Part One – The Trial Run (or Tests Always Go So Well)
This blog will be in several parts as I go through the process of, as the title suggests, converting an entire network from physical servers to virtual servers. First and foremost, I have to get it off my chest, but the term “cloud” has got to be one of the most annoying overused and widely defined (or undefined as pretty much everything internet related is being called part of the cloud) words of the year.
Strangely, people hate the word virtualization. They hate the fact that their server may, gasp, be a virtual server as opposed to a “real” server. Nevermind that there are many factors that make virtualization a better positive than that of a physical device. Things like better redundancy should there be a failure, lower administrative costs, in many cases better technology, quicker and easier upgrades in terms of memory… the list goes on.
Enter “The Cloud.” With the Cloud, it must not be virtualization. In fact, it must be really good since everyone uses the Cloud. There are even commercials on TV that make the Cloud look really useful! Nevermind that somebody or group of sombodies decided that they would esentially take the entire internet, anything that doesn’t quite fit in the defines of current consumer based understanding of technology, or anything that has been shunned due to whatever misconceptions or simple dislikes, and name it after a Microsoft Visio shape.
Throughout these articles I will be using both virtualization and cloud interchangeably.
My cloud rant aside, I have been tasked with converting approximately 700 physical servers into virtualized servers. Easy, right?
All I really need to do is decide on a platform, pay some cash for the P2V software, get some hardware that I can use to condense the new servers into, and hit go.
Not so fast.
The platform was easy enough. We have been using Hyper-V on Microsoft Server 2008 and 2008R2 for the last year for the hundred plus servers that we already were running as Cloud servers. All I had to do was grab Microsoft’s System Center to centralize administration since up to this point we managed them on a server by server basis.
System Center also offered the feature of P2V (physical to virtual) so that base was covered as well. Awesome! Hardware? Well I sat down and weighed the costs of different types of devices, setups, and configurations. Long story short, We decided to go with a dual SAN solution with a number of customized Dell c6100 servers BUT, and I underscore BUT, I needed to make sure that this solution would work before finalizing the purchase.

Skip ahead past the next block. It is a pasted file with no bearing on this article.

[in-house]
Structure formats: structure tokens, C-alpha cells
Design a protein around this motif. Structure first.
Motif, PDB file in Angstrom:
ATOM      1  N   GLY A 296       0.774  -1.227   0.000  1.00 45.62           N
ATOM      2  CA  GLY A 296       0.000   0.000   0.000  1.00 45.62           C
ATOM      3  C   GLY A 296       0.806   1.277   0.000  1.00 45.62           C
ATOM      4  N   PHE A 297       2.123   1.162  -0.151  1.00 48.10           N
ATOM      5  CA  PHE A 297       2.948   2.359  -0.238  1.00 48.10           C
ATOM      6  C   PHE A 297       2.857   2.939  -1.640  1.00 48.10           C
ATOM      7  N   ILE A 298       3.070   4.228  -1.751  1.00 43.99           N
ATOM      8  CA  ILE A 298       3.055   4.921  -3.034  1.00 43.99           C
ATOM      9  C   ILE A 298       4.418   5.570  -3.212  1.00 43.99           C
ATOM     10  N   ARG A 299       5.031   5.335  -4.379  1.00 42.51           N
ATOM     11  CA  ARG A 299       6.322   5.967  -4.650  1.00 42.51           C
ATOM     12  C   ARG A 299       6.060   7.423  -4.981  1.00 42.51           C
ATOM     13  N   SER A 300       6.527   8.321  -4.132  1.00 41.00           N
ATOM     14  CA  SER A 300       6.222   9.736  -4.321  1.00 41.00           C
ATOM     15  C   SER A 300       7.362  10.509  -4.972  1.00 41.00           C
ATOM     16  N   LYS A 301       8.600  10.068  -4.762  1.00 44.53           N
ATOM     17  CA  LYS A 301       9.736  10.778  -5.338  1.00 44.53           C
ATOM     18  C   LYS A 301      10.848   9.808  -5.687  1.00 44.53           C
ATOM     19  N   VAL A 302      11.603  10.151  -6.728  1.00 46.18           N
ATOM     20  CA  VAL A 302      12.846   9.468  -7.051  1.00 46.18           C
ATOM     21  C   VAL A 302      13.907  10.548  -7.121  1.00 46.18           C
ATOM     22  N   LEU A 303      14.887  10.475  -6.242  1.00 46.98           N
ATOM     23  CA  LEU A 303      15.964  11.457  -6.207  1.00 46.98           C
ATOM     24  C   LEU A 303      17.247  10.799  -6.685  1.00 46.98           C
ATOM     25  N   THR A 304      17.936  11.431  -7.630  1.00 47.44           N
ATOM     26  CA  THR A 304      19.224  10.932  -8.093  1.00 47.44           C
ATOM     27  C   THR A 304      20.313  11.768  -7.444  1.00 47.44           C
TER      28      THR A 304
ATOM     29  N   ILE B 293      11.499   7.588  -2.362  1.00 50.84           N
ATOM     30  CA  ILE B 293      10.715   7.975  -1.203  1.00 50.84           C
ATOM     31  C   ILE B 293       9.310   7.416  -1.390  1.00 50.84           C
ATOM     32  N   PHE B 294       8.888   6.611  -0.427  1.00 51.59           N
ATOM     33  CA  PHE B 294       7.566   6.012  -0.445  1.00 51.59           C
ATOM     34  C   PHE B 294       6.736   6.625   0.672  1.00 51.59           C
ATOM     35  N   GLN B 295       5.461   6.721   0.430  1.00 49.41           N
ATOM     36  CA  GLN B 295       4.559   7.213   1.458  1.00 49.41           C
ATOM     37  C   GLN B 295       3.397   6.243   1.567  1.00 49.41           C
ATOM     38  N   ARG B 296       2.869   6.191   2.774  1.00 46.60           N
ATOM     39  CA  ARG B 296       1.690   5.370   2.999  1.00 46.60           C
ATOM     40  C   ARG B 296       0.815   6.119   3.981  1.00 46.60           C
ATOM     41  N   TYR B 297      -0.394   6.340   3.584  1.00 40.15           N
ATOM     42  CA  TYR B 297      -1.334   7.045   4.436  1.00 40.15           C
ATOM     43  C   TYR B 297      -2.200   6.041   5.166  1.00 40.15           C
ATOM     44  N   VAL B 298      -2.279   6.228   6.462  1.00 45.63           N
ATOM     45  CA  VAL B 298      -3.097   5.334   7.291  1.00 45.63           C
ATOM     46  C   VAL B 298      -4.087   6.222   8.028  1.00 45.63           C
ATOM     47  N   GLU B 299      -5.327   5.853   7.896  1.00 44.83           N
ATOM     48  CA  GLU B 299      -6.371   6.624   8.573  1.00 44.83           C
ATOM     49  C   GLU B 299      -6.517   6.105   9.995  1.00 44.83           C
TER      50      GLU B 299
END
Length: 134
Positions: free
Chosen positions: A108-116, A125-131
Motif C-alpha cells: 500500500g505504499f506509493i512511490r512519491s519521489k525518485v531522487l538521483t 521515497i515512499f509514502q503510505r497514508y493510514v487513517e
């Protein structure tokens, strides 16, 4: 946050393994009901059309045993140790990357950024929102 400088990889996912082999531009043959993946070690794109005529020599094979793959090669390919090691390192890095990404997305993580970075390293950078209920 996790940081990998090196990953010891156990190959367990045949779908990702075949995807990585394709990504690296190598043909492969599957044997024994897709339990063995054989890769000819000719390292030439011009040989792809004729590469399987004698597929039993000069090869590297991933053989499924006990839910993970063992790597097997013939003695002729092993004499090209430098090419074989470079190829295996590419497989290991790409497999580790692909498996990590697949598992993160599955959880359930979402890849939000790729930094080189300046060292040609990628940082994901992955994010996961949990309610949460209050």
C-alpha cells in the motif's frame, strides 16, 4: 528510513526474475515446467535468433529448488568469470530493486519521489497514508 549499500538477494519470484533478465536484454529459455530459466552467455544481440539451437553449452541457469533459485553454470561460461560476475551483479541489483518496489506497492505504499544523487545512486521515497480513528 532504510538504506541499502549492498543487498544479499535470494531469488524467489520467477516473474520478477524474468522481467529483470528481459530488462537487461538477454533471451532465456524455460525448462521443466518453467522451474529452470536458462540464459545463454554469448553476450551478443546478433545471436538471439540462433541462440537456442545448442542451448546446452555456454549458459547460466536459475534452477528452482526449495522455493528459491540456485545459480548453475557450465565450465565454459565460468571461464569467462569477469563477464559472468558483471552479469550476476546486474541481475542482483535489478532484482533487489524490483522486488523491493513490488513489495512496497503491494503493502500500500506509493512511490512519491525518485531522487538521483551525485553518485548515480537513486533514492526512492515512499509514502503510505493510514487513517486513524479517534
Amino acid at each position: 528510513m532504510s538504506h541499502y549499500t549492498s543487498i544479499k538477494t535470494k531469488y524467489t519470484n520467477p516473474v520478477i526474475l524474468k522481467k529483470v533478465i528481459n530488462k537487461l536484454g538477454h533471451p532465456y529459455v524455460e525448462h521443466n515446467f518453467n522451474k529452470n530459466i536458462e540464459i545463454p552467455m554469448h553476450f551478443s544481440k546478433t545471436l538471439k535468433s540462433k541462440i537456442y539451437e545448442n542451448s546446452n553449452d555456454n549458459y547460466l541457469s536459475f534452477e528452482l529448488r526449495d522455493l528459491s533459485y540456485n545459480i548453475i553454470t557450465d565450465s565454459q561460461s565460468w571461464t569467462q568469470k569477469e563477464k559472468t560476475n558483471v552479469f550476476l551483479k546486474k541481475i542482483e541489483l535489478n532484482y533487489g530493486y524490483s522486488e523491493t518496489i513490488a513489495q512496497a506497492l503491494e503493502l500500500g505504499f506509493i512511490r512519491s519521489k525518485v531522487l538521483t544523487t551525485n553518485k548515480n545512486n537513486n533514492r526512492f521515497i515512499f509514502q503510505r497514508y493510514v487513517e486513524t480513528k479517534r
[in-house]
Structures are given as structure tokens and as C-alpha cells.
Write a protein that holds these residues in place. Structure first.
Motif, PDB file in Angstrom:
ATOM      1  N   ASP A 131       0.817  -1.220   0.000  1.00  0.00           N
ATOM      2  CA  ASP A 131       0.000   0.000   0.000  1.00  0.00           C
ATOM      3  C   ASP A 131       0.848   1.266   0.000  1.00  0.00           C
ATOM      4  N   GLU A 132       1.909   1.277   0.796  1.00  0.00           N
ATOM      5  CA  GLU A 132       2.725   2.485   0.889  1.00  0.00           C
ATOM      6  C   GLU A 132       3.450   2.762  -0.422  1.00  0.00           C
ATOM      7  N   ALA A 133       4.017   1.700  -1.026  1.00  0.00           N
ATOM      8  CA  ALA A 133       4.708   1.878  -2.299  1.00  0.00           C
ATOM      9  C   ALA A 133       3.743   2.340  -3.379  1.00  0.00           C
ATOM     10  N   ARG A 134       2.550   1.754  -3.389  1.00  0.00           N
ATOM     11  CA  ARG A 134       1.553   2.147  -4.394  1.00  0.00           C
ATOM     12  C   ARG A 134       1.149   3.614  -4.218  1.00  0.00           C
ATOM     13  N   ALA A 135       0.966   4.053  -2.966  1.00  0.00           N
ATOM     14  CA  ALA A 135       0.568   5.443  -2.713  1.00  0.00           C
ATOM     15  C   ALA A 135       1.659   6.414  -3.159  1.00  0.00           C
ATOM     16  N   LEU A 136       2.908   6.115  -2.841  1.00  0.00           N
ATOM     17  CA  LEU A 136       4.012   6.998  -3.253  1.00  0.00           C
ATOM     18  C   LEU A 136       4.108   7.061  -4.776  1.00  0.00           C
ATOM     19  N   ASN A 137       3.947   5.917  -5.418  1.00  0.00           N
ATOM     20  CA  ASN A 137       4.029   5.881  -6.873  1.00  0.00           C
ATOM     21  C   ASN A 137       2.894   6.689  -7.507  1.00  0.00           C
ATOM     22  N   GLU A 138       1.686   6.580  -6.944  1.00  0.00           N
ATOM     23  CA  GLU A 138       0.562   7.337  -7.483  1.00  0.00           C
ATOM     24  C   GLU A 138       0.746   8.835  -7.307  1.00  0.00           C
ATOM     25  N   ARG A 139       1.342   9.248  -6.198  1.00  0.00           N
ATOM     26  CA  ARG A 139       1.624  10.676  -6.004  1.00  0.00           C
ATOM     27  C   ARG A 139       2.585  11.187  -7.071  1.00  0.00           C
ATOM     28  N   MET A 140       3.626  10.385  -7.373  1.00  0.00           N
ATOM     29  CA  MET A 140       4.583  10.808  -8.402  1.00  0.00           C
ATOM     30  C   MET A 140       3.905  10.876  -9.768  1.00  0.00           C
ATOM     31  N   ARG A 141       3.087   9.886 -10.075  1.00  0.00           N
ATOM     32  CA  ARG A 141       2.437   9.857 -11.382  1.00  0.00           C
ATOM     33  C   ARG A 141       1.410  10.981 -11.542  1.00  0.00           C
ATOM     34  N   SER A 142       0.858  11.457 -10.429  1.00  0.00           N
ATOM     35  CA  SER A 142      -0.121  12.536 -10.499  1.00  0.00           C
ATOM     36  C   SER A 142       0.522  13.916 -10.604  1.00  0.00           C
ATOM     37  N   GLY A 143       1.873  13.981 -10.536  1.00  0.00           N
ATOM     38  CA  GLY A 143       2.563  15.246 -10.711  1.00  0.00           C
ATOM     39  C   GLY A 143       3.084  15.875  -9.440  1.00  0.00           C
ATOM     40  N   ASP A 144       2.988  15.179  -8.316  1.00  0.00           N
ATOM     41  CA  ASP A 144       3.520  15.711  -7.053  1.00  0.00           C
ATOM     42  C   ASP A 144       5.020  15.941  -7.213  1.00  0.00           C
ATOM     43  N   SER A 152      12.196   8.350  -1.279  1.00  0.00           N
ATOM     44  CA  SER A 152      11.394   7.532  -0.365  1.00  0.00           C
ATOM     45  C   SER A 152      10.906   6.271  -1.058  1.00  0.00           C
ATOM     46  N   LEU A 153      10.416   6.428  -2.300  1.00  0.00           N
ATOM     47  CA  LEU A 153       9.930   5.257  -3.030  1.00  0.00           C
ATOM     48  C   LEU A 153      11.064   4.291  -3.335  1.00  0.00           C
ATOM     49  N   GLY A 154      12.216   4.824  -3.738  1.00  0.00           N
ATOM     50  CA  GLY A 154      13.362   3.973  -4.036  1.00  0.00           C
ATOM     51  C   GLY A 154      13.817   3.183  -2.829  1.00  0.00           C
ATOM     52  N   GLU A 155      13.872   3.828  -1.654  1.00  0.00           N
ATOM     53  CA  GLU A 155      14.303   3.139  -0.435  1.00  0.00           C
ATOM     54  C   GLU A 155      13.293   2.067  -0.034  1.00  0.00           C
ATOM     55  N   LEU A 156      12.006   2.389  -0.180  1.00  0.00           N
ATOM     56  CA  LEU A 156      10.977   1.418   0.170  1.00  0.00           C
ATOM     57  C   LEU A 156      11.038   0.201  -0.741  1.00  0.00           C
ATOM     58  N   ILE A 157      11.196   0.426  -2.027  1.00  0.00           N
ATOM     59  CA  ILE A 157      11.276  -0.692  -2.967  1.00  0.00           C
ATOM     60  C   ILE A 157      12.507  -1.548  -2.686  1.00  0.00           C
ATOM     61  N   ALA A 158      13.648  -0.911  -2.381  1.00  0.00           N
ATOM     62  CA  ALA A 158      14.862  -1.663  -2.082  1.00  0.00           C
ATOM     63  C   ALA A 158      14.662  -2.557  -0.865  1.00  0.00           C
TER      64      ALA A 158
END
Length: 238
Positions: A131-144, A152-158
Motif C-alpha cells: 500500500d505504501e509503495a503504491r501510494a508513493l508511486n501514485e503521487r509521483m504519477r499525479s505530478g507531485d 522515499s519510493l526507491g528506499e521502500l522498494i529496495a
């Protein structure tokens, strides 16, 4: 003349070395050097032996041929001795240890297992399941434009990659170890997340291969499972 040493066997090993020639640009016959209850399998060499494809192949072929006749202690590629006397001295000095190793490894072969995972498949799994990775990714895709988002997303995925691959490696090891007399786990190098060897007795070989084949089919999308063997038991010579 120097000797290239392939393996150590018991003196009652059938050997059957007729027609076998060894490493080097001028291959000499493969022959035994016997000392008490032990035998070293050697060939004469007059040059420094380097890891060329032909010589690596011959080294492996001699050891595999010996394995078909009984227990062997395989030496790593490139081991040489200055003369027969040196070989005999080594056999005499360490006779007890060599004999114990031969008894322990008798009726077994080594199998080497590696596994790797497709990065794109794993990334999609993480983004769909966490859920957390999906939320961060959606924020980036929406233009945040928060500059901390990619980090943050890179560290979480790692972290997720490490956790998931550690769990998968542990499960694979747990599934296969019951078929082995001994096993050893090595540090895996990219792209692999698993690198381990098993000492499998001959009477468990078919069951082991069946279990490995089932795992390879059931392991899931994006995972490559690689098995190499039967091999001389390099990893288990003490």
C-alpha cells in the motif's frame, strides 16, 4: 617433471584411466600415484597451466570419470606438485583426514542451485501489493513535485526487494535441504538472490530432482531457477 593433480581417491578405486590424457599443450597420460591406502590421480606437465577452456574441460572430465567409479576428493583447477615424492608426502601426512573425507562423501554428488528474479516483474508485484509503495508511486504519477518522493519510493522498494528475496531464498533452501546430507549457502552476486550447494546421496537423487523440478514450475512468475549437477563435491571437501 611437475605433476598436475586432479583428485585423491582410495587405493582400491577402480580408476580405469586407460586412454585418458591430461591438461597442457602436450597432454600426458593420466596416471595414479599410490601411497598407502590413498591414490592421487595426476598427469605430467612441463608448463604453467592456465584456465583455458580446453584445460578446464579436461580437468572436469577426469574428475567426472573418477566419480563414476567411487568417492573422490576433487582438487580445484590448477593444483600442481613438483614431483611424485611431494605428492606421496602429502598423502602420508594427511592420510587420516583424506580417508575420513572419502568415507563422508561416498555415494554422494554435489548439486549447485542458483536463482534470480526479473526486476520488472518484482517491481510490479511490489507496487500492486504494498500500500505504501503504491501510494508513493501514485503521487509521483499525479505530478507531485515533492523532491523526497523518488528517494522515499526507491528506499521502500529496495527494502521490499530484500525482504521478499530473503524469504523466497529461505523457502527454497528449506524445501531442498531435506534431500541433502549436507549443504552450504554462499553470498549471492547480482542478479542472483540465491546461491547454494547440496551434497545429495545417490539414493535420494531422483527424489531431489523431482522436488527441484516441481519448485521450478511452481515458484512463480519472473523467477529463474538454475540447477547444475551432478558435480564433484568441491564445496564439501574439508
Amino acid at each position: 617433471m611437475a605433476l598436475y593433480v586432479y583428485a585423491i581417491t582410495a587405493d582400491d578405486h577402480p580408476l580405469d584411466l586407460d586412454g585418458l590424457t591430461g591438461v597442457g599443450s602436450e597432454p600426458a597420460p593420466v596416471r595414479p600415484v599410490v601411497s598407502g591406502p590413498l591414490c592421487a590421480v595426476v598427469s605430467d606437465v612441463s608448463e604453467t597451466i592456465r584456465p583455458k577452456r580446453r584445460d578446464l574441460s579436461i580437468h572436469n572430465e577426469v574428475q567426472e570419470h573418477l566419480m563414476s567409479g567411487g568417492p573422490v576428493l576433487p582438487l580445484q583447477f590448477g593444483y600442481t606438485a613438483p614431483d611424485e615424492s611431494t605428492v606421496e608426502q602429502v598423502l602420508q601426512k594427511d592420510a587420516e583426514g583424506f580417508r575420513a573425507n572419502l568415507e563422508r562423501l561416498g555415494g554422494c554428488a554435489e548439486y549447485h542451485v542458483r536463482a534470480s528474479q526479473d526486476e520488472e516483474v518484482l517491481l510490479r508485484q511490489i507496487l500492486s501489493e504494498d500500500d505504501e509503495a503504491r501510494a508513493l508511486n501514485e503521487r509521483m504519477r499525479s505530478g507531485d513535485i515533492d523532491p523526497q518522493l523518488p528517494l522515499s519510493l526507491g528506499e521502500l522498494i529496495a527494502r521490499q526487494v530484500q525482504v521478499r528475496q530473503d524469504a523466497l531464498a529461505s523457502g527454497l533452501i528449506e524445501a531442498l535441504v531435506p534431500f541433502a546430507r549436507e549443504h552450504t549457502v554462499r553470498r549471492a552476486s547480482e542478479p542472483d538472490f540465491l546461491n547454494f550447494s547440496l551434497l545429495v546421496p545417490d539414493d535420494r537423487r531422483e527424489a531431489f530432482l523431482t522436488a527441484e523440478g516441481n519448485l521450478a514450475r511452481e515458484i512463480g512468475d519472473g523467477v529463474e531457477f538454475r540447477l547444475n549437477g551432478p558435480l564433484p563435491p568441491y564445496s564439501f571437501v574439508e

For testing I set up a Dell PowerEdge r410 with similar specs to one of the blades of the c6100 as the host machine, configured a Dell PowerEdge 2950 with an iSCSI connection to represent the SAN, and a number of servers running various versions of Windows Server 2003, 2008, and 2008r2 with a wide range of hardware configurations. All these I placed inside the office’s internal domain and began my adventure.
So clicking convert a physical to virtual would be the next logical step correct? (Besides setting up the host and storage servers in System Center which, at least for now, I won’t go into as they went smoothly – at least in the test environment.)
Wrong. Due to some funkiness that happened over a year ago on our live network and some modifications to the production domain policies that essentially removed the admin$ share (and set it up so that every time the server rebooted it would remove it), it took some time to go through and correct the basic errors preventing communication between System Center and the test conversion servers.